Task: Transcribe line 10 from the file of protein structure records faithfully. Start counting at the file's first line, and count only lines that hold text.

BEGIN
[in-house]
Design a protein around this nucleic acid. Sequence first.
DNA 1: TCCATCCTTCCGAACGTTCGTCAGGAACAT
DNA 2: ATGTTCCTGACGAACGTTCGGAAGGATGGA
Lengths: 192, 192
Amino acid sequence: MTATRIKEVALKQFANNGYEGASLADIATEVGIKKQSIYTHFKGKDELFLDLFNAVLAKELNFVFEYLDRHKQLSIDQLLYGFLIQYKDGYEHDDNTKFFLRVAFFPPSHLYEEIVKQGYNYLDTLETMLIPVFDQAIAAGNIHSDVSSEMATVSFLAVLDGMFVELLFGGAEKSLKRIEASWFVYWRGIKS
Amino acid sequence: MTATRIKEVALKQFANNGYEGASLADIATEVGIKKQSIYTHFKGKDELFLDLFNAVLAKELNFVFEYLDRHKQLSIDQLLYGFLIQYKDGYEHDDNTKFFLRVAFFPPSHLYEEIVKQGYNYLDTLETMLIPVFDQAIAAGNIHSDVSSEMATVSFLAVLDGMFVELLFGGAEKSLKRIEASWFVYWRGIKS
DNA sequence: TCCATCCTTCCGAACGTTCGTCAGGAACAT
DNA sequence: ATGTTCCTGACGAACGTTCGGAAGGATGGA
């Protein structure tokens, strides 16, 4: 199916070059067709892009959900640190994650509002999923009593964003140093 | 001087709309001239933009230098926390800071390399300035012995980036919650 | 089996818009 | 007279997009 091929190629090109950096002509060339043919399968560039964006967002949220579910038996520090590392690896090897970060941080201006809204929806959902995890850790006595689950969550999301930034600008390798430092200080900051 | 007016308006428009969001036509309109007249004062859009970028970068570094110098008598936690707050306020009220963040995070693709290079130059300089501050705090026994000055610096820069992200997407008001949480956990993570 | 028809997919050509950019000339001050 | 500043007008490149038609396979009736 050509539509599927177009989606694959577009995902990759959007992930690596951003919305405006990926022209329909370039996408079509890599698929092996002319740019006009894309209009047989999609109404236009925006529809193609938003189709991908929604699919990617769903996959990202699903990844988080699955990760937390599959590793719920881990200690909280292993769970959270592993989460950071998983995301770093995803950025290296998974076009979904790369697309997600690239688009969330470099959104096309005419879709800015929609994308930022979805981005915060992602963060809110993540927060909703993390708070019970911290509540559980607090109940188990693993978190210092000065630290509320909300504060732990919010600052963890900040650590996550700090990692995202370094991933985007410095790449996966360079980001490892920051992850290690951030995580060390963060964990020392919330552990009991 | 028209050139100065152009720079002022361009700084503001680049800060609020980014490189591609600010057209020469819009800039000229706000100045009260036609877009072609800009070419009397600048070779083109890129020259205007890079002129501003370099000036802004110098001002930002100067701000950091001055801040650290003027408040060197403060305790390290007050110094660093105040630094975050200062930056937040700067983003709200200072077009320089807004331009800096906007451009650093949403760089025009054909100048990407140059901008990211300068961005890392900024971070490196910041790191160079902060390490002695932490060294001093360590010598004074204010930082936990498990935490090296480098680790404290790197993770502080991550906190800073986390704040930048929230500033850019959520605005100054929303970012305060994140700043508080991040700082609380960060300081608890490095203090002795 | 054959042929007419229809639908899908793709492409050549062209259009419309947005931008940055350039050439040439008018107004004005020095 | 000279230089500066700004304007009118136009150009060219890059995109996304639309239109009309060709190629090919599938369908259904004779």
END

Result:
């Protein structure tokens, strides 16, 4: 199916070059067709892009959900640190994650509002999923009593964003140093 | 001087709309001239933009230098926390800071390399300035012995980036919650 | 089996818009 | 007279997009 091929190629090109950096002509060339043919399968560039964006967002949220579910038996520090590392690896090897970060941080201006809204929806959902995890850790006595689950969550999301930034600008390798430092200080900051 | 007016308006428009969001036509309109007249004062859009970028970068570094110098008598936690707050306020009220963040995070693709290079130059300089501050705090026994000055610096820069992200997407008001949480956990993570 | 028809997919050509950019000339001050 | 500043007008490149038609396979009736 050509539509599927177009989606694959577009995902990759959007992930690596951003919305405006990926022209329909370039996408079509890599698929092996002319740019006009894309209009047989999609109404236009925006529809193609938003189709991908929604699919990617769903996959990202699903990844988080699955990760937390599959590793719920881990200690909280292993769970959270592993989460950071998983995301770093995803950025290296998974076009979904790369697309997600690239688009969330470099959104096309005419879709800015929609994308930022979805981005915060992602963060809110993540927060909703993390708070019970911290509540559980607090109940188990693993978190210092000065630290509320909300504060732990919010600052963890900040650590996550700090990692995202370094991933985007410095790449996966360079980001490892920051992850290690951030995580060390963060964990020392919330552990009991 | 028209050139100065152009720079002022361009700084503001680049800060609020980014490189591609600010057209020469819009800039000229706000100045009260036609877009072609800009070419009397600048070779083109890129020259205007890079002129501003370099000036802004110098001002930002100067701000950091001055801040650290003027408040060197403060305790390290007050110094660093105040630094975050200062930056937040700067983003709200200072077009320089807004331009800096906007451009650093949403760089025009054909100048990407140059901008990211300068961005890392900024971070490196910041790191160079902060390490002695932490060294001093360590010598004074204010930082936990498990935490090296480098680790404290790197993770502080991550906190800073986390704040930048929230500033850019959520605005100054929303970012305060994140700043508080991040700082609380960060300081608890490095203090002795 | 054959042929007419229809639908899908793709492409050549062209259009419309947005931008940055350039050439040439008018107004004005020095 | 000279230089500066700004304007009118136009150009060219890059995109996304639309239109009309060709190629090919599938369908259904004779």